ROCKY HILL, Conn. (WTNH) — The shortage of the popular liquid antibiotic amoxicillin used to treat sick children has reached a new level, and now doctors say supplies of backup options are running low, leaving parents and pediatricians scrambling.
The shortage comes as the number of sick children is still running high. While there is about half as much respiratory syncytial virus circulating, it’s been replaced with influenza A, according to Dr. Jennifer Schwab of Rocky Hill Pediatrics, who is affiliated with Connecticut Children’s.
“The amoxicillin shortage is really a problem because so many kids have ear infections right now we’re struggling to find pharmacies that have it in stock we’re trying to use other antibiotics but then they’re running out of those as well,” Schwab said.
She has spent hours on the phone looking amoxicillin at local pharmacies and has even had to ask some parents to help in the search for it, or the back-up drug augmentin.
That drug is not the first choice typically because, Schwab said, because it can cause diarrhea.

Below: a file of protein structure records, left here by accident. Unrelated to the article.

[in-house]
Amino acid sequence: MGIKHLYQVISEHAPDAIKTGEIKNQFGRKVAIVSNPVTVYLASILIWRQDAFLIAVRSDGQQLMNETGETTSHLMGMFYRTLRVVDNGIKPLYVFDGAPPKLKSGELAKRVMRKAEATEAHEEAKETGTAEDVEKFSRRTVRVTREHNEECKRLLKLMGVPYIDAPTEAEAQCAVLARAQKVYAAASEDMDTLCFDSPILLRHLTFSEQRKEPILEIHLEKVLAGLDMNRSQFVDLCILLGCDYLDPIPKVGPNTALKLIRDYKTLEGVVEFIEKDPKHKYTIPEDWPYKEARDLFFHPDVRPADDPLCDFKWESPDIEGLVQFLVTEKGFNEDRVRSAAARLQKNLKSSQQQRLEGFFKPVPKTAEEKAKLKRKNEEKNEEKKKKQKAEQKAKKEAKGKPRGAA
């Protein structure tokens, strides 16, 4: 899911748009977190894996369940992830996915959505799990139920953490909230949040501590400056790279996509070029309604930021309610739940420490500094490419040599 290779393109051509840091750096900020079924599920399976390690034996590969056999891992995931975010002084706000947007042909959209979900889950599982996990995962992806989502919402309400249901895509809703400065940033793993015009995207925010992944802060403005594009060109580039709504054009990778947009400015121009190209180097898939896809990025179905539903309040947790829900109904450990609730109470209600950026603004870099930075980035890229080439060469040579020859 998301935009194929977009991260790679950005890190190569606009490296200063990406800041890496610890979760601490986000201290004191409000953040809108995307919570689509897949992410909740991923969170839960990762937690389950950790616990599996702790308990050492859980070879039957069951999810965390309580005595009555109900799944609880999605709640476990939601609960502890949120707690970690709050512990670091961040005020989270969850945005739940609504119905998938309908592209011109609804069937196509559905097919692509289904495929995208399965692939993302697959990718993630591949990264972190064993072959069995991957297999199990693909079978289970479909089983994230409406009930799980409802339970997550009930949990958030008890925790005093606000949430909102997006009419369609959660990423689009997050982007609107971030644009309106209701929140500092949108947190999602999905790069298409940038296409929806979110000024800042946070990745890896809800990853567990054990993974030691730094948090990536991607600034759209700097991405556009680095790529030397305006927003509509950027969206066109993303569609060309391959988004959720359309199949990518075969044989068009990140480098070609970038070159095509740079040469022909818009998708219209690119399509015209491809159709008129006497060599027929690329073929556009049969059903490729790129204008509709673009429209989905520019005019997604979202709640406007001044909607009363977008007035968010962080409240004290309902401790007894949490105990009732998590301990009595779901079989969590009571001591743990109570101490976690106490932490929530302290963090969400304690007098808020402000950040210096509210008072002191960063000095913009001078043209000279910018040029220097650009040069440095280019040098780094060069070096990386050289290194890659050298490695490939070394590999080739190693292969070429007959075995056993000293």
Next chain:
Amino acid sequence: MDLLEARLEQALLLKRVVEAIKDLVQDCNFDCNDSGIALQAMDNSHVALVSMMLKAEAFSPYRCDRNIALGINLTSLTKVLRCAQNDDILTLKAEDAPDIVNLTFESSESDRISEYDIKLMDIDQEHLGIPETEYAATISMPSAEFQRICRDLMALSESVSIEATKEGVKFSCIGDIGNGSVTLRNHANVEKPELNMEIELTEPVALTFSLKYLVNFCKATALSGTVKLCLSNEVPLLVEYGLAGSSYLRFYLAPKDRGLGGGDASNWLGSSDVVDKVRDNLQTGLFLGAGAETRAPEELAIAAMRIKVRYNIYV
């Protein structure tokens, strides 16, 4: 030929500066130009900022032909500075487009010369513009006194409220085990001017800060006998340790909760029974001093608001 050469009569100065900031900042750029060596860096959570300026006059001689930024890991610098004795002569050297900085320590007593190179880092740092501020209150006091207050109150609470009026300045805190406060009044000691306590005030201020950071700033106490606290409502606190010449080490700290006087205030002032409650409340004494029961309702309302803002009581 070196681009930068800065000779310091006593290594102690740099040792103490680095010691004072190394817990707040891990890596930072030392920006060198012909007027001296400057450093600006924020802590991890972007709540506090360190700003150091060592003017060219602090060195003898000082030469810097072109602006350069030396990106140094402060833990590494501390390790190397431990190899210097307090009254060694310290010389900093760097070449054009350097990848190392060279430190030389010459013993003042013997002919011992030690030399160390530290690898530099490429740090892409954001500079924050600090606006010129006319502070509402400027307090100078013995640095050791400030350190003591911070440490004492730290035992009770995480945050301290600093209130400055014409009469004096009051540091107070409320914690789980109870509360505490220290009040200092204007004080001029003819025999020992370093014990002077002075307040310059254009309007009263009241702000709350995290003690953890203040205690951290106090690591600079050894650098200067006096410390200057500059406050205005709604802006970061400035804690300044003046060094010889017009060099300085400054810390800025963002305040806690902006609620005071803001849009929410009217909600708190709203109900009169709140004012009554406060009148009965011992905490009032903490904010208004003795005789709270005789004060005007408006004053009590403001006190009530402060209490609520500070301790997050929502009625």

She is also having to use a painful option to treat sick children.
“Something called ceftriaxone, which is three days in a row to come into our office to get an injection into their thigh ,and nobody wants to do that but we’re doing a lot of that because we are literally running out of options,” Schwab said.
She has no idea when the shortage will end and said that while kids are used to liquid antibiotics, pills are now having to be given due to the shortage. Schwab recommends first asking a pharmacist if the have a type that can be crushed, then hidden in food.
“I sometimes try to have parents use apple sauce to mix it in or even a little bit of yogurt and then just have them eat it with a spoon,” she said.
She recommends that parents make sure their children get flu shots to avoid serious illness.